A batch job can fail for a variety of reasons; bad input data, program error, hardware errors, space problems are just some. The real issue is that batch jobs are usually linked together, and if one fails, the rest wait on it being fixed. The odd failure here and there is not too much an issue, but if your failure rate is 2% or more, then you probably have an underlying problem. One way to investigate this, is to use the process below

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  • Analyse the data
    If you record job failures in a problem management system, then try running reports against the database. If not, then you may be reduced to logging failures as they happen in your favorite data repository; excel spreadsheet, access database, or piece of paper.
  • Look for trends
    Apart from the simple "do we get a lot of the same abend code" analysis, also look for time patterns. Do you get the same failures at month end or weekend? If you work on credit card systems, do they get fragile on Public Holidays?
  • Determine root causes
    So now you've got a trend. Why is it happening? If your credit card systems go wild on Public Holidays, its almost certain that's because the masses are out spending loads of money. Before you go off on your holiday -
  • Apply fixes
    To continue with the credit card example, you don't really want to discourage people from using their cards, so make sure you provide enough spare resources a public holidays to cope.

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Another example might be cartridge failures which trend to data creation on a particular cartridge drive. Get your maintainer in to fix it!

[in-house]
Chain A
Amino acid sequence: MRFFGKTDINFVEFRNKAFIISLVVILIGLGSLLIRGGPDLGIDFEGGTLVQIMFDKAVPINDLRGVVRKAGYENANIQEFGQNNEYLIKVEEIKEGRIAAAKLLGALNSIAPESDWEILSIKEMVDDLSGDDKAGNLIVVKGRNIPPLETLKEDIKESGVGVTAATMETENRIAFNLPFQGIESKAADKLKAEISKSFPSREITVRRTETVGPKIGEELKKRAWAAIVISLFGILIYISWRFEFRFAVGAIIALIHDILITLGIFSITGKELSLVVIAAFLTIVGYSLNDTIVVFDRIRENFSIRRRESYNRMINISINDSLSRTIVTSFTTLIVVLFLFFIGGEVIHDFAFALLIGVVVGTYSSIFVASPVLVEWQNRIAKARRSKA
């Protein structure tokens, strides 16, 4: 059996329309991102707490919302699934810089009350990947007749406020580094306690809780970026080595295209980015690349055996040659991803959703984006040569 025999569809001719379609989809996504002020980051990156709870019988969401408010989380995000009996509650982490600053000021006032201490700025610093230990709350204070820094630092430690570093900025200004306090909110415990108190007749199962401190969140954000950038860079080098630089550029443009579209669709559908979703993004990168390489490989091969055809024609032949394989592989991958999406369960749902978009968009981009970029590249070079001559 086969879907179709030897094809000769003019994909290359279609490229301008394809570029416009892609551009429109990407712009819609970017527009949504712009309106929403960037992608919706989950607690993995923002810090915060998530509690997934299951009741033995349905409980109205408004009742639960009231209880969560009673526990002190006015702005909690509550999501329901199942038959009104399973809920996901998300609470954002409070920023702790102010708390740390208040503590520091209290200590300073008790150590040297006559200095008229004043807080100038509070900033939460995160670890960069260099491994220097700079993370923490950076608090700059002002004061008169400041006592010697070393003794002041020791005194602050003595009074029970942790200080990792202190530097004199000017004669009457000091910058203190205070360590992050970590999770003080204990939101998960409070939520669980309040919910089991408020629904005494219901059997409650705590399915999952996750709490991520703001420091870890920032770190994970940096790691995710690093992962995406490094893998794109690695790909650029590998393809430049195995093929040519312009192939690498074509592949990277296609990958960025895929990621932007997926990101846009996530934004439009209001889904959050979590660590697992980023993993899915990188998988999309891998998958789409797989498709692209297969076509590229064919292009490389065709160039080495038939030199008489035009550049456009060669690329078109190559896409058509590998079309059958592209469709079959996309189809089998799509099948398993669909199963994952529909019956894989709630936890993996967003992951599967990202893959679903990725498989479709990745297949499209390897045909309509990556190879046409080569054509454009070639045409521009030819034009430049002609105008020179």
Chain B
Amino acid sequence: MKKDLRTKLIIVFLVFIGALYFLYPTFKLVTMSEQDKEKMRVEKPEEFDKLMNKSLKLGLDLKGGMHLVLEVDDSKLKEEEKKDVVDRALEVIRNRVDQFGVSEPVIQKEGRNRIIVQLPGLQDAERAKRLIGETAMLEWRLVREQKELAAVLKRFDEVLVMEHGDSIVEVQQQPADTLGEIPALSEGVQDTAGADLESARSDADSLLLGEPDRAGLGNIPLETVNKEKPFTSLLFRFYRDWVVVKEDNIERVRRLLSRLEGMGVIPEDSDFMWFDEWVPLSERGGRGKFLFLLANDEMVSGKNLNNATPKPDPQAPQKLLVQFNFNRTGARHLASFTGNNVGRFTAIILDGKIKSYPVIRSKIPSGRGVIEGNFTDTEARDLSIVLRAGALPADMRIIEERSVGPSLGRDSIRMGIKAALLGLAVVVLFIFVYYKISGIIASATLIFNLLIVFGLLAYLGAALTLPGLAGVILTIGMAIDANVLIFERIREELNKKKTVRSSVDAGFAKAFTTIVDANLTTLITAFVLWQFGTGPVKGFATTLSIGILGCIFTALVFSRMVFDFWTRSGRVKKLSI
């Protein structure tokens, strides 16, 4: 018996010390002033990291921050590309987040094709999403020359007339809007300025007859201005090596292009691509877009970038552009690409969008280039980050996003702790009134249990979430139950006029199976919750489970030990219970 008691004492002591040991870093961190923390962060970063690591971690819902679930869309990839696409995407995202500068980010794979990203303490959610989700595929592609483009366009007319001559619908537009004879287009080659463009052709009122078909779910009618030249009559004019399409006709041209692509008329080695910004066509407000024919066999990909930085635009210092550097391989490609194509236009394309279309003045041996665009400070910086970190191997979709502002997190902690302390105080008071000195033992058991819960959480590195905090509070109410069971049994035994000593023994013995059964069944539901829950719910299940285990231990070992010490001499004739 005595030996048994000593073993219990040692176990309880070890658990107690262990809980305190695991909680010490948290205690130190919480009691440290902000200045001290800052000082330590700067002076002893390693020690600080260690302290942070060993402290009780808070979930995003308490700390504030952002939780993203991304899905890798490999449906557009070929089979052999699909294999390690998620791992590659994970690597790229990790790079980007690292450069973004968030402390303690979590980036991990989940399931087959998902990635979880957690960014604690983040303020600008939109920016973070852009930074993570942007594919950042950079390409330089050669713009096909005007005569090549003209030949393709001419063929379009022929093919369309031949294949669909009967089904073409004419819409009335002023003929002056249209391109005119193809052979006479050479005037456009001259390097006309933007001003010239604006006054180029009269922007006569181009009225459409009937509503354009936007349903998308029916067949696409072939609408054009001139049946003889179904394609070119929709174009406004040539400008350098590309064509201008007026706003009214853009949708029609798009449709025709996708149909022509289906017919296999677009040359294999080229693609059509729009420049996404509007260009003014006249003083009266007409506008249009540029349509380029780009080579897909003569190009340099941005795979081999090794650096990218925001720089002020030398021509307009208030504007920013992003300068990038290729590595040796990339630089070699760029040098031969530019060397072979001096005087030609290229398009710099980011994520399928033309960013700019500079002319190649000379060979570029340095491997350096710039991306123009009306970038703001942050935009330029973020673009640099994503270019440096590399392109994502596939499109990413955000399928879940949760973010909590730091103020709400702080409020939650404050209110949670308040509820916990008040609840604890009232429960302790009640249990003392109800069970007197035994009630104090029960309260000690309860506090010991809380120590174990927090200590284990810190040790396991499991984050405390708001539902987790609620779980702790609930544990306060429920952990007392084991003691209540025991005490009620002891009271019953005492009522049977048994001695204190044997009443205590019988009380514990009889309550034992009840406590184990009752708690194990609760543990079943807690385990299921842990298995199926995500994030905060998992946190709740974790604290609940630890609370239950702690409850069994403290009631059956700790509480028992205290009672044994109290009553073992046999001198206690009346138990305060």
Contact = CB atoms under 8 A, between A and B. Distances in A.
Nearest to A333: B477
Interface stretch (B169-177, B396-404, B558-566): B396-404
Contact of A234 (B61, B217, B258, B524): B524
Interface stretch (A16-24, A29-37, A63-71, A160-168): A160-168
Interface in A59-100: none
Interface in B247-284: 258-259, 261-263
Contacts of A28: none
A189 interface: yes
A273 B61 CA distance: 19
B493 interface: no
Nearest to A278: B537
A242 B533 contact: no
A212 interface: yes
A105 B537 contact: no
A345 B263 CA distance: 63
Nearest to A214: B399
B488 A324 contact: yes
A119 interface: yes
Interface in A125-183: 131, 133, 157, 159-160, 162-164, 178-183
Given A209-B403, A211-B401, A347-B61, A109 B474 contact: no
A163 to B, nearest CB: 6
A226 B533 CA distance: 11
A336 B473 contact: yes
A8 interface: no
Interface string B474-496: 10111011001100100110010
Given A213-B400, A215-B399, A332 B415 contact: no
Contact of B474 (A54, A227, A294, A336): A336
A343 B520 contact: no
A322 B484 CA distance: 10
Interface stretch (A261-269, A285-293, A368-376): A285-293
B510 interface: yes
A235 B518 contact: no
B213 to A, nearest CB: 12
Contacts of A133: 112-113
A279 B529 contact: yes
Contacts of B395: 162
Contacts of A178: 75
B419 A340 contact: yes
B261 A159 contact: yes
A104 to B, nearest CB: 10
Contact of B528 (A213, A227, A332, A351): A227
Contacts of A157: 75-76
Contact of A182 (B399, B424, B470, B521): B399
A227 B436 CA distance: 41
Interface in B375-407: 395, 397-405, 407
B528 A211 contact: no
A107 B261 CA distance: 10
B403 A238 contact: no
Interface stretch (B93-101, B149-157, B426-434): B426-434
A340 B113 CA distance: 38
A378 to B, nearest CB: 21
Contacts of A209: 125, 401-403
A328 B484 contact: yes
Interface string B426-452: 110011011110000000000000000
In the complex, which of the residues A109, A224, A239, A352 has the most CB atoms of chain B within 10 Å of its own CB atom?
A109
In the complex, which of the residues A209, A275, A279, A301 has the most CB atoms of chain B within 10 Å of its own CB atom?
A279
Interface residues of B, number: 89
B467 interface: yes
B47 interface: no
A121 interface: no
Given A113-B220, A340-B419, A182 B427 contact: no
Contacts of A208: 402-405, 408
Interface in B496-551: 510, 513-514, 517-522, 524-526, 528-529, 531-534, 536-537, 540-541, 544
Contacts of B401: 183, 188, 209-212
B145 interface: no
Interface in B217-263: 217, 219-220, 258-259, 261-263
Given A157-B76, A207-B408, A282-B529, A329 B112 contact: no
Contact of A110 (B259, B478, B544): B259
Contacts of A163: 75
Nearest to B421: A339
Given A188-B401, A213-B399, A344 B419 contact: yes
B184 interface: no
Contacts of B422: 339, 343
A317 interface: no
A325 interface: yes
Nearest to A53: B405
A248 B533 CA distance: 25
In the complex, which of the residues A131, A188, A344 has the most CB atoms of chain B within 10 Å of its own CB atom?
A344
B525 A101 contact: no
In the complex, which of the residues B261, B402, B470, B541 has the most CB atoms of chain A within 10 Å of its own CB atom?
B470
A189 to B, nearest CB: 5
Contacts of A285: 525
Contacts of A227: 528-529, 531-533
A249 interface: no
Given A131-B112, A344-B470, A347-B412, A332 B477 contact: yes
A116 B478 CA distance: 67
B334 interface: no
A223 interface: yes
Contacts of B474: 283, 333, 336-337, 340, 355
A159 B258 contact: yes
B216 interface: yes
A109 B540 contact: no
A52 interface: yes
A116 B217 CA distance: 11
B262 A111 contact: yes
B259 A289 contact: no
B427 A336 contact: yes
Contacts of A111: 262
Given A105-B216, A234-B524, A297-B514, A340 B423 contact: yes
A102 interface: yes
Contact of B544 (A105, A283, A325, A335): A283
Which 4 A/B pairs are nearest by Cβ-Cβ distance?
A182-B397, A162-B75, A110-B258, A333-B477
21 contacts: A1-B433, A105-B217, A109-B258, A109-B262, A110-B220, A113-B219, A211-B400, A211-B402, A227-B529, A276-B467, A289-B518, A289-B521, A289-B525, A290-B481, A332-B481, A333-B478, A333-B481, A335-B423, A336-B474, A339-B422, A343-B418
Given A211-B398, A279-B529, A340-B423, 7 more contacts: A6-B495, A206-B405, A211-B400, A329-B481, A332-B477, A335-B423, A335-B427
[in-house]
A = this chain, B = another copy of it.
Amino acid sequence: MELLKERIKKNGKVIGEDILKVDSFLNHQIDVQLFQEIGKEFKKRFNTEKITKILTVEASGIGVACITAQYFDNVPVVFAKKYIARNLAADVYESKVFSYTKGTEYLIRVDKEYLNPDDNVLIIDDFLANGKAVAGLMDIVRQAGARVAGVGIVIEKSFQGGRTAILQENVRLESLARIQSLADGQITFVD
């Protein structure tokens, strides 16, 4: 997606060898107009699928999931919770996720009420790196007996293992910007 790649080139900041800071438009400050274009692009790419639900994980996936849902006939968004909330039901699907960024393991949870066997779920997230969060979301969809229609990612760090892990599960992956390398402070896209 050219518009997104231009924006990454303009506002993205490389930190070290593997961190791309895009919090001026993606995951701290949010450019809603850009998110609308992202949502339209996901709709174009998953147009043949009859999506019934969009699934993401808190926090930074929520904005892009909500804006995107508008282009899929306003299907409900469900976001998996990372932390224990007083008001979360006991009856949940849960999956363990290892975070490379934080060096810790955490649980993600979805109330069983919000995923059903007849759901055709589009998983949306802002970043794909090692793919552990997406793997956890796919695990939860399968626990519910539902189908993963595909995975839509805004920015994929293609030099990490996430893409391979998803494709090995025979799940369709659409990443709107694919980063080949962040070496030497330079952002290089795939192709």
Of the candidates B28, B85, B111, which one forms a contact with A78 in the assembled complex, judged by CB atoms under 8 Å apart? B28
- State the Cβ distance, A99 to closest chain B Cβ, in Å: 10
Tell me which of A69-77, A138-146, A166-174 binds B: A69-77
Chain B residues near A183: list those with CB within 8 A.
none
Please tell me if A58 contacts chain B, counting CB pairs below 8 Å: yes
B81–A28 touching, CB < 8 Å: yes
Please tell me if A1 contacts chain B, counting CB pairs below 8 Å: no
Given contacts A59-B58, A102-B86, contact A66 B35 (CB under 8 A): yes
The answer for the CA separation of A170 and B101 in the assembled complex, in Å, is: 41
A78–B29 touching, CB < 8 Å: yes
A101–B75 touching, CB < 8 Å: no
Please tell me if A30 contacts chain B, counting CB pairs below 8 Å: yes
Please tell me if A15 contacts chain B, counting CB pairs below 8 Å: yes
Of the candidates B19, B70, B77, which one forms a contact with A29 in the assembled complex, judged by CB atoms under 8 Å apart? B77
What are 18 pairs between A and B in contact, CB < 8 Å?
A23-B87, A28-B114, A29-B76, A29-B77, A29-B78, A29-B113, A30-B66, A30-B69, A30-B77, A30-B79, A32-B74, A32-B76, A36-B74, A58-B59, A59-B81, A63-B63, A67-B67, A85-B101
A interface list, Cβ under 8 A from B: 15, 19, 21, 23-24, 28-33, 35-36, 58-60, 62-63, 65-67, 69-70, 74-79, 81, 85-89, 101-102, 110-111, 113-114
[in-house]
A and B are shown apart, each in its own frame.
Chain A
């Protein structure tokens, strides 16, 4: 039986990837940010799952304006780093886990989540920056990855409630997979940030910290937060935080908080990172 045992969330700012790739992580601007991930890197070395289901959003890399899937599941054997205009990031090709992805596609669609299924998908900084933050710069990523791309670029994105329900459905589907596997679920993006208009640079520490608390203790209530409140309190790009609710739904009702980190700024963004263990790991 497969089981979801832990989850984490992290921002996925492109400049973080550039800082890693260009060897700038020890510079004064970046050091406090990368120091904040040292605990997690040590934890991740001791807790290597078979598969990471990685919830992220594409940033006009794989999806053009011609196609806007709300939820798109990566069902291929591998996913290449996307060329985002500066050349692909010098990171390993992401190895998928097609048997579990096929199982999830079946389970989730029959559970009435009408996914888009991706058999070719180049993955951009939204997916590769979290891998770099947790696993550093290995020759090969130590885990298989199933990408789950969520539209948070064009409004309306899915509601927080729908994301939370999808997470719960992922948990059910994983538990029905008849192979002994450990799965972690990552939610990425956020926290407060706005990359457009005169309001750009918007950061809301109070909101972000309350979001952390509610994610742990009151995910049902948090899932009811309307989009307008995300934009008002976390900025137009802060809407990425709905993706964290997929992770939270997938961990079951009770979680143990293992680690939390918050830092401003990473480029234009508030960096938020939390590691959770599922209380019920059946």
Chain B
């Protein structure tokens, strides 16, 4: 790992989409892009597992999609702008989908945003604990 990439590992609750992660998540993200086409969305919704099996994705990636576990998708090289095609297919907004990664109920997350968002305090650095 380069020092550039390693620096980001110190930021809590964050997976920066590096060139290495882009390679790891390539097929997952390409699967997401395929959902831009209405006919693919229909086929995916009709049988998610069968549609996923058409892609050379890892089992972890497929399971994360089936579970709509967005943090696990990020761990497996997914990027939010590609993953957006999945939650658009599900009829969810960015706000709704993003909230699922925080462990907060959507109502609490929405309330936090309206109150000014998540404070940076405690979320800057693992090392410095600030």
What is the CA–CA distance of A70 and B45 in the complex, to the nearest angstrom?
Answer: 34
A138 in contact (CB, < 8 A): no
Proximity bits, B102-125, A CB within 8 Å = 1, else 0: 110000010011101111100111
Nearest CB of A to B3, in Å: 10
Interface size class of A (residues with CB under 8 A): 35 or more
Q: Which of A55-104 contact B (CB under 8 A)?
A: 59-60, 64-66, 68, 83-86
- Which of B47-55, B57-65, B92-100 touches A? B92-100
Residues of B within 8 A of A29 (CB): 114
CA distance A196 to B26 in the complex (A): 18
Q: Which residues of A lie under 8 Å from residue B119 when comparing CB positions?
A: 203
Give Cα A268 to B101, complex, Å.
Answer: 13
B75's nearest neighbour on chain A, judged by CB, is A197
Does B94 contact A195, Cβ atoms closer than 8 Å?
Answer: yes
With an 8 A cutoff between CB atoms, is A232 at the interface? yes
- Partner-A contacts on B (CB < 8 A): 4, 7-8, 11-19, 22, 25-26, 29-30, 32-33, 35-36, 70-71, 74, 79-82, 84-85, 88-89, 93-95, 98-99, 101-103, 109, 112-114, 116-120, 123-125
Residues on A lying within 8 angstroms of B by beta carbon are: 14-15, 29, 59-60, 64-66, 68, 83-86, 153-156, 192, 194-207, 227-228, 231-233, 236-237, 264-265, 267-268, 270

The one Storage item that is worth keeping an eye on is space allocations. There are three certain things in life, Death, taxes and data growth! If you allocate space through Data Classes, you need to review the values from time to time to see if they are still appropriate. You data will be growing, so make sure that your data classes keep pace. You should get very few space abends with a well designed DFSMS system, but keep an eye on the numbers and be prepared to tune DFSMS if you see too many SB37 or SE37 errors.

This stuff all sounds simple common sense, but there's little point spending a fortune tuning a batch run, if all you do is speed it on its way to the next failure.

However, with the best will in the world, you will still get batch failures from time to time. To make sure they are fixed correctly and quickly, you need to develop good, effective recovery procedures. With these in place, you should be able to cope with the occasional failure, without them delaying your systems too much.

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